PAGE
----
if the image needs to be resized. All of the images on this site
were resized to smaller dimensions to fit easily on the pages.
- The final step is to use Save As to save the image as
I did not mention deconvolution in the cookbook processing because the need,
amount, and approach to it are so variable. In AIP4Win, use | Measure |
Star Image Tool... | to measure the Sigma for 6-8 of the medium
brightness stars. Do a mental average of the results.
If it is less than 1.3, you probably don't need any deconvolution but can
certainly do a little just to tighten up the stars. Between 1.4 and 1.8 is
where you will get the most obvious improvement. At a Sigma of 1.9
and above, deconvolution will help things but the stars will still look "fat".
When I apply deconvolution (go to | Enhance | Deconvolution... |), I normally
select Gaussian PSF and set the Sigma at 0.05 to 0.1 less than my mental average.
Then click the Deconvolution tab and select Lucy-Richardson, either Fast or
Slow. I prefer Slow but some of my friends prefer Fast, so try them both.
For the first set of iterations, leave the Number of Iterations at 16 and the
Relaxation Parameter at 0.05. Click on Execute Deconvolution, and just sit
back and watch. Sometimes the processing does funny things to the
brightness scaling but just click on Auto in the Image Display Control window to
see it the way it should look. At this point, it's really a matter of judgment.
Sometimes I do a second or even third set of iterations, dropping the Sigma
setting by 0.1 each time. If the galaxy itself has some fine structure you
want to enhance, you can try 5-10 iterations with 'Process high-frequency
components only' turned off at the Settings tab. This will, however, increase the
background noise and can easily be overdone, so approach it cautiously.
If you have an image with very high Signal/Noise, such as a
long exposure of a Messier object in dark skies, a second Digital Development
can produce very good results. In Step 3.7 above, enter the Low/High
values but do a Linear Scale instead of a Gamma. Then go back to Step 3.5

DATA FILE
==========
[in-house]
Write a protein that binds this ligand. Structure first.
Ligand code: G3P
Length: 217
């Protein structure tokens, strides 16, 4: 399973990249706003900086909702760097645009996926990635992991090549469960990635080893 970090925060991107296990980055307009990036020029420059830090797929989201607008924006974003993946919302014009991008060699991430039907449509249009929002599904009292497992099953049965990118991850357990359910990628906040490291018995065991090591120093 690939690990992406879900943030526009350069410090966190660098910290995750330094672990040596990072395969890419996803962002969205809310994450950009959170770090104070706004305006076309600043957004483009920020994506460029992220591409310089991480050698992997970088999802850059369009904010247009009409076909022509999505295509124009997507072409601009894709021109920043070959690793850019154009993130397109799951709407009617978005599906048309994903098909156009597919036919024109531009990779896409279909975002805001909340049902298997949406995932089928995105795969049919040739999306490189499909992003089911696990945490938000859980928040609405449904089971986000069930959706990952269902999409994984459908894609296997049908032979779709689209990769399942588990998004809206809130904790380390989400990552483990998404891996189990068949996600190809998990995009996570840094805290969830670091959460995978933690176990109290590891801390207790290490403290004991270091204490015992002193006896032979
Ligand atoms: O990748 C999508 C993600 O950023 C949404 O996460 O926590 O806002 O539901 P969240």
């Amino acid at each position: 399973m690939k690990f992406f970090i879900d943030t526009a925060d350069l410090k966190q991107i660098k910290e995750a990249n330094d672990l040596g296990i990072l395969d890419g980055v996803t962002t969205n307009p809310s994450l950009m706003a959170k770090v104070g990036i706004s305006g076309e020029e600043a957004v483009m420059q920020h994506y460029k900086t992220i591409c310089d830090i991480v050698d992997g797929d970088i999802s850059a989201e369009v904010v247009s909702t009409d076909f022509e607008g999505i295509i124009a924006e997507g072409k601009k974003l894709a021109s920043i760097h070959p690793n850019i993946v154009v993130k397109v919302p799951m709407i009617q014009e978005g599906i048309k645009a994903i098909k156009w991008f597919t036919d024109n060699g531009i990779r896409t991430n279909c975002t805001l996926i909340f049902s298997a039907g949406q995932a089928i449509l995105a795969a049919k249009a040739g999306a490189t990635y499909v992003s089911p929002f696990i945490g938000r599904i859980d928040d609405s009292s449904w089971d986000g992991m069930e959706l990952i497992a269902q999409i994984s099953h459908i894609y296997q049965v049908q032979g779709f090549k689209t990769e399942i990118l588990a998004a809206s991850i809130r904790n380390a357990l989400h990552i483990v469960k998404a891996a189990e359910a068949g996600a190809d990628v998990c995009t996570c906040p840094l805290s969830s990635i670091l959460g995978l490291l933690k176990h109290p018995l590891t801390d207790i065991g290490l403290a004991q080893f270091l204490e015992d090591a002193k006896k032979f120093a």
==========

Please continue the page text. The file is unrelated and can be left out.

and proceed with the rest of the processing. After two Digital
Developments, you will probably have to use a very low Gamma scale, or none at
Experiment with different Gamma Scaling Parameters in Step
3.7. Don't judge the results until you have adjusted the Black/White
values, because the higher parameters result in a very washed out image until
the scaling range is reduced. Also try Gammalog with a variety of Scaling
Parameters. Gamma generally gives better results but occasionally Gammalog
does better. In Version 2.1.10 of AIP4Win, Jim Burnell introduced
Sigmoid Scaling, and I've just started experimenting with it. In some
cases, it can replace both the DDP and Gamma scale steps; in others, it replaces
Gamma and allows a wider range of brightness in the image. Sometimes the
default scaling works but I often have to move the 50% point up or down.
While all of the above applies to images that
will be displayed either positive or negative, I often stop with a DDP and
Linear Scale for
the negative images. Using Gamma, Gammalog, or Sigmoid processing can
produce a grainy background unless the image was done in very clear dark skies.
Again, there is no pat answer to this. You just need to play with your
images a bit.
All of the Final Processing steps can be done in AIP4Win
instead of PaintshopPro, except there is nothing that exactly replaces the
Highlight/Midtone/Shadow function. You would need to use Linear Scaling
with careful adjustment of the Low/High values, and it doesn't permit quite the
same degree of fine control. All of this, and more, can also be done in
Photoshop but I don't have it, so can't offer any guidance.
There are a number of image processing programs on the
market and, as far as I know, all give excellent results. I've limited
this outline to AIP4Win because it is the one I use. And other imagers
have great success with vastly different approaches than what I have described.
View my approach as a starting point from which to develop your own, or to learn
from others. Good luck!